'Cryptocurrency' Officially Added to Oxford Dictionary Online

Following last year's addition of 'bitcoin', 'cryptocurrency' has made its way into the respected online dictionary of modern English.

AccessTimeIconMay 20, 2014 at 3:55 p.m. UTC
Updated Sep 11, 2021 at 10:47 a.m. UTC

Oxford Dictionaries Online (ODO) has officially added the word 'cryptocurrency' to its database. The decision was made as part of a quarterly update this May that also included the words 'bikeable', 'snacky' and 'time suck'.

The announcement follows the August 2013 update that saw 'bitcoin' added to the respected resource. At the time, the ODO told CoinDesk that bitcoin was added due to its significant presence online and in the mainstream media.

The ODO's addition of 'cryptocurrency' indicates that the organisation views it as a recent term that has emerged to become "significant or important", and that it believes the word could become more widely used.

The ODO defines cryptocurrency as:

"A digital currency in which encryption techniques are used to regulate the generation of units of currency and verify the transfer of funds, operating independently of a central bank."

Usage examples

The ODO further provided example sentences that, in part, aim to sum up the values of those who are interested in the industry and community.

The first sample sentence reads:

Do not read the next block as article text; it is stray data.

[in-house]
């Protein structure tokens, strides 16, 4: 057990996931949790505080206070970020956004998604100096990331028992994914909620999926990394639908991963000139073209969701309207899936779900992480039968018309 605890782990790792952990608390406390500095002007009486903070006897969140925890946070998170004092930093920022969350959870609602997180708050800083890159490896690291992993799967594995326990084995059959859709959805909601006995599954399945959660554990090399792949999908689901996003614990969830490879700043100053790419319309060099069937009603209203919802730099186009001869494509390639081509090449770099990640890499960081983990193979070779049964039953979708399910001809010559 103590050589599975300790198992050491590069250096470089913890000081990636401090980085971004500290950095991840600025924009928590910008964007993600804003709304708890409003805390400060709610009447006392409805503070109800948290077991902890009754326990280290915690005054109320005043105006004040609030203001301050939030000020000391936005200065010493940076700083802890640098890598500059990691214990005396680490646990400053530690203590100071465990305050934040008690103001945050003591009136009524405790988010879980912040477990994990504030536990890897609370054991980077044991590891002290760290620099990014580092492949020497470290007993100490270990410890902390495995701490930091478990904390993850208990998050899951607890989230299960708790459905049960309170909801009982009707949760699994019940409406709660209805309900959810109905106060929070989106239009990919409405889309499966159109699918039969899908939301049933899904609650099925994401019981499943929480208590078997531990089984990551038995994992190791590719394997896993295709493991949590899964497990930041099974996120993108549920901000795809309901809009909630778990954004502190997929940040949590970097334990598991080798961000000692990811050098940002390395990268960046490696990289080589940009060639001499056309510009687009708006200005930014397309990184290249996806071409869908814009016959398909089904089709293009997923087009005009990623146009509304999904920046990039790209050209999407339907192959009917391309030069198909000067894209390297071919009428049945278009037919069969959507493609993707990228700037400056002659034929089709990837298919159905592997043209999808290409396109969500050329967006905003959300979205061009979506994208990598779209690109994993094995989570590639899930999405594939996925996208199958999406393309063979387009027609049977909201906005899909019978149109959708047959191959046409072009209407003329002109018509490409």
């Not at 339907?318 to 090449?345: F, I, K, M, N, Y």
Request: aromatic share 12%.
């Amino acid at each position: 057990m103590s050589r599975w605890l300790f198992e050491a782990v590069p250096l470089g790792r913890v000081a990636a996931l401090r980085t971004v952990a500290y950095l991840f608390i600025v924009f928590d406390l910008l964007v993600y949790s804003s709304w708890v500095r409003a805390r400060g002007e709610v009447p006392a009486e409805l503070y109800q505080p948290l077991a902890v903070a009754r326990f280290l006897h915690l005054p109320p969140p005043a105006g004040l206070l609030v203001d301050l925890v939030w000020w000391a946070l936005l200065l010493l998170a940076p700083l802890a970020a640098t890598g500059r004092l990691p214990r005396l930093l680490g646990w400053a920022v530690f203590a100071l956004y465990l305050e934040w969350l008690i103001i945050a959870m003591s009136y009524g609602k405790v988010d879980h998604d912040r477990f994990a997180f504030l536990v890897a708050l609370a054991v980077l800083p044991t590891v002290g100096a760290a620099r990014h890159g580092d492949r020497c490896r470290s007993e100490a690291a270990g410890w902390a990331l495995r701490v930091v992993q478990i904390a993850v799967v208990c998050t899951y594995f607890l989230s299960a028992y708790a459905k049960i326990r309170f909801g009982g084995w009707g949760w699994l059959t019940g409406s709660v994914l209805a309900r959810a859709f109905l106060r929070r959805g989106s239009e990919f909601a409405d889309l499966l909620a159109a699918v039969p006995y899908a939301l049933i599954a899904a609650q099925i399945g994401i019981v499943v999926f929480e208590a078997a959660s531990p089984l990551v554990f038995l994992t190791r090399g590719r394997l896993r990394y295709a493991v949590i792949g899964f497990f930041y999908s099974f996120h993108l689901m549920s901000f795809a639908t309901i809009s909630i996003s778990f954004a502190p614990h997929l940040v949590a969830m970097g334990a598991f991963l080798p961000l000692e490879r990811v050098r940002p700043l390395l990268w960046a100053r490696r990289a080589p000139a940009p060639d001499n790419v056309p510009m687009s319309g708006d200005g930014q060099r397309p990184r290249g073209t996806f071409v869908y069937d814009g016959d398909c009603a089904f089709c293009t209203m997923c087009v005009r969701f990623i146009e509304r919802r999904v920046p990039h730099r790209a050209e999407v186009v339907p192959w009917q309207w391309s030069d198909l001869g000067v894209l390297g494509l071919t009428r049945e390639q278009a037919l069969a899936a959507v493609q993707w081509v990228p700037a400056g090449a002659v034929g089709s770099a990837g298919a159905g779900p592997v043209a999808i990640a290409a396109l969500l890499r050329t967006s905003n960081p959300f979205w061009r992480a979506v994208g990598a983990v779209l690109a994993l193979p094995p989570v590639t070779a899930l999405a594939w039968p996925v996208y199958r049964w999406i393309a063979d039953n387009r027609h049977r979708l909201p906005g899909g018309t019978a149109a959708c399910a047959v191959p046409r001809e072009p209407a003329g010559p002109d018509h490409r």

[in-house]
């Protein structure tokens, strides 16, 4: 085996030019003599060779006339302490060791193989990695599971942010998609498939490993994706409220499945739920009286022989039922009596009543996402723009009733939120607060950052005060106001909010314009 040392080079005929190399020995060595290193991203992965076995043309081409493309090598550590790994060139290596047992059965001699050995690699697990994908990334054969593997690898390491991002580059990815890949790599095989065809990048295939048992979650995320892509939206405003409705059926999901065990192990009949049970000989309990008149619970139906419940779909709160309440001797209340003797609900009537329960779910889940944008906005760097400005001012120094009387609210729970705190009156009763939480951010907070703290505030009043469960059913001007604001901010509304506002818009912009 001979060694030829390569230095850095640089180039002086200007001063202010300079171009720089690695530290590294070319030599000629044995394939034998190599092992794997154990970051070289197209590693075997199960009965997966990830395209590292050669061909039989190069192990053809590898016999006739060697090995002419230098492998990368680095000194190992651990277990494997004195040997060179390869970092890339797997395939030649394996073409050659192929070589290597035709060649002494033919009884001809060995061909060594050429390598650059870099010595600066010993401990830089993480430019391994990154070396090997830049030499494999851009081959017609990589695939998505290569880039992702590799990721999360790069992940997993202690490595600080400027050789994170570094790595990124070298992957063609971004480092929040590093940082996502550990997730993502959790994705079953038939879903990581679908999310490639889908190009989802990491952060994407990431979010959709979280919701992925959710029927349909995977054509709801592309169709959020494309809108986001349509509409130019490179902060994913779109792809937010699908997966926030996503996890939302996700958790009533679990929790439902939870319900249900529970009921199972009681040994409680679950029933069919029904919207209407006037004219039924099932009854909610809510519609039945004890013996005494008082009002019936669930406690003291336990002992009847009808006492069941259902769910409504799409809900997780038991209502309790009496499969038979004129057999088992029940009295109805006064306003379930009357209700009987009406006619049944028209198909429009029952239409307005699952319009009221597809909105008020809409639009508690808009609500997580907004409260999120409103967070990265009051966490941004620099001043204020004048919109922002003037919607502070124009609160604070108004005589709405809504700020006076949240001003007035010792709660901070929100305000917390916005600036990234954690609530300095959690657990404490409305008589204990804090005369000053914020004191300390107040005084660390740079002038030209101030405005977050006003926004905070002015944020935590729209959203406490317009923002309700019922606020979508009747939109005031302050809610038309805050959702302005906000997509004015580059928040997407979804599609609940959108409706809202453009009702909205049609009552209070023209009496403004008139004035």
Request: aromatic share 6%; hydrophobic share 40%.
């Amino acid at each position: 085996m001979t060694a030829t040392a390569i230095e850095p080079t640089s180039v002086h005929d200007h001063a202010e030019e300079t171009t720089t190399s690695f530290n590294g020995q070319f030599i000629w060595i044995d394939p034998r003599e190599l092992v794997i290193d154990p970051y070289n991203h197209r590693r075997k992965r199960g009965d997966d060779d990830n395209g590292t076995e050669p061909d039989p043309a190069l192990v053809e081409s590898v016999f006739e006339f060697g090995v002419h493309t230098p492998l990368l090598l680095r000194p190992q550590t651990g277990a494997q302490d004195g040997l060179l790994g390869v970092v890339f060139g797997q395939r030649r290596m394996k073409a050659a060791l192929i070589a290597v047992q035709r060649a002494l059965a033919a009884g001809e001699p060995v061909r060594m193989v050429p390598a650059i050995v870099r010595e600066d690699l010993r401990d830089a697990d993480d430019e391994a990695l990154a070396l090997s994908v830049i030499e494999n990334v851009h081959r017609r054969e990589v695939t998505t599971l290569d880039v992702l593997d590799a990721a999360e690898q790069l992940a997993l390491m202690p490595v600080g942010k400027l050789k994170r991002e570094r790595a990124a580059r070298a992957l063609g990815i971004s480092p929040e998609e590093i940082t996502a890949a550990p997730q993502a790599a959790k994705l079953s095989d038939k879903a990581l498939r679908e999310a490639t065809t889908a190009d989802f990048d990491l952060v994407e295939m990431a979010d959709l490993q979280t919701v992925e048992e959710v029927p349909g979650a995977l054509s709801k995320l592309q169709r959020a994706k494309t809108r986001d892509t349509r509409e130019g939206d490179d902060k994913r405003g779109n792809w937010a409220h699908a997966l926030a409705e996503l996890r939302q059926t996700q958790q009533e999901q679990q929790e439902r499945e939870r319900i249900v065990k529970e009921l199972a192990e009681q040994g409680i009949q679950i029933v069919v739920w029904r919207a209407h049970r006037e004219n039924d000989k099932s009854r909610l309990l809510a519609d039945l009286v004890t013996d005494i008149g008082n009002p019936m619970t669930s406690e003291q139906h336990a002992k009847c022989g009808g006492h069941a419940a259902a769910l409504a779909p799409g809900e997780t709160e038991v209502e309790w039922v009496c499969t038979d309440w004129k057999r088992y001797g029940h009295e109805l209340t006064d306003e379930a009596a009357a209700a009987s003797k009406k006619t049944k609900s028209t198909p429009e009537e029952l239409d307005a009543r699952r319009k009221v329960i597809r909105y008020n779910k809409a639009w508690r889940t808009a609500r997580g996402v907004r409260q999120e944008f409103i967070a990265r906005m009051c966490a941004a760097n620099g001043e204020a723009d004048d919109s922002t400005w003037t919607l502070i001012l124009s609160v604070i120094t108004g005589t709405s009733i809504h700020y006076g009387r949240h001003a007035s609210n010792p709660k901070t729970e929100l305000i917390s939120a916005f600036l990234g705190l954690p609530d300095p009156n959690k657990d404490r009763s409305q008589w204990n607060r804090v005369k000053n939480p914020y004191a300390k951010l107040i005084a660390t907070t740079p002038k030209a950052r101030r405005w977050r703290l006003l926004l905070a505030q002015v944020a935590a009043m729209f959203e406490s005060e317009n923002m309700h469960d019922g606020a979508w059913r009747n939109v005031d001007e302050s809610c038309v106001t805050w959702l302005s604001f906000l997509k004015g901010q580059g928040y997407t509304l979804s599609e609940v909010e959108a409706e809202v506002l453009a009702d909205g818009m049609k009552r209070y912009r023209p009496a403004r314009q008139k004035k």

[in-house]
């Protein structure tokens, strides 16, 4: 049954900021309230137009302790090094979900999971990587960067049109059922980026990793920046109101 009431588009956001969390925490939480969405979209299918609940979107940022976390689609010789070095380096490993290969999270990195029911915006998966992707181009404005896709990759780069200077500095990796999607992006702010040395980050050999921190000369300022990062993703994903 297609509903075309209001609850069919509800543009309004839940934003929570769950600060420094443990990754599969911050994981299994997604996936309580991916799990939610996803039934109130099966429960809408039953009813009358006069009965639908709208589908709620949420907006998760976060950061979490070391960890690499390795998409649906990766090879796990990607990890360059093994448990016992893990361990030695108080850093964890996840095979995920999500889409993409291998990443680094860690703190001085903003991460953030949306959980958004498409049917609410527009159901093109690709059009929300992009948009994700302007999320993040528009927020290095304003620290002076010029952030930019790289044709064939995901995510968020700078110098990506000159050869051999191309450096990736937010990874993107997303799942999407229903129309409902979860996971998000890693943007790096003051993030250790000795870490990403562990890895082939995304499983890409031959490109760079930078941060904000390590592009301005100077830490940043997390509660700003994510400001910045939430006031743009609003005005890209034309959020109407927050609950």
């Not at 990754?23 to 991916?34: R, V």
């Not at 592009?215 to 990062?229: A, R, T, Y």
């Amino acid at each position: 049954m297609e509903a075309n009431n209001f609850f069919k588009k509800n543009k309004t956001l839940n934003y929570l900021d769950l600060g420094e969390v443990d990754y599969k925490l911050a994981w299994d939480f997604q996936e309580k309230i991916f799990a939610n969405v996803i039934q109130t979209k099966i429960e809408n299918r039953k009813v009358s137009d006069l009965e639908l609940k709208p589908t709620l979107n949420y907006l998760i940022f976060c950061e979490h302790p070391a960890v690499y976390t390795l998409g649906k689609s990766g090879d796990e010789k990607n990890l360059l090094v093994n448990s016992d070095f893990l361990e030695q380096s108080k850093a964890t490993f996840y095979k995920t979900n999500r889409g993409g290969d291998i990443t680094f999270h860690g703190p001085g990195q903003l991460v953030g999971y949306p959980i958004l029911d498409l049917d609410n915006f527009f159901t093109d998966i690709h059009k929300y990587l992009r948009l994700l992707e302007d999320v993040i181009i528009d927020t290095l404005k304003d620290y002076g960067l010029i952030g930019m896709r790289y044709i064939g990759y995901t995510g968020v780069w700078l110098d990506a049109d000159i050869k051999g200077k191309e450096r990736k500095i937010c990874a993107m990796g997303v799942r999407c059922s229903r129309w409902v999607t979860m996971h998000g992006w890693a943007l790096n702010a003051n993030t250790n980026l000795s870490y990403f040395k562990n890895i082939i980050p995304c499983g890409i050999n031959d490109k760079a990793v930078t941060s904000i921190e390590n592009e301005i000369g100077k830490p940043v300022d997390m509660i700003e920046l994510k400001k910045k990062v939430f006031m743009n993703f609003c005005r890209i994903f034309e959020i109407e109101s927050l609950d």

"Decentralized cryptocurrencies such as bitcoin now provide an outlet for personal wealth that is beyond restriction and confiscation."

Additional sentences describe how cryptocurrencies are valued based on supply and demand, and highlight that the total value of the market is more than $8bn.

Contemporary language

While notable to the bitcoin community, the ODO is notably the organisation's online-only resource on contemporary English that includes modern meanings of many traditional words.

As noted by Angus Stevenson, Head of Dictionary Projects at Oxford University Press in a 2013 interview with CoinDesk, inclusion in the ODO "doesn't make any judgement on whether [the word] is good, bad, worthwhile or anything else".

By comparison, the Oxford English Dictionary is more of a historical cannon that includes words and definitions that have stood the test of time.

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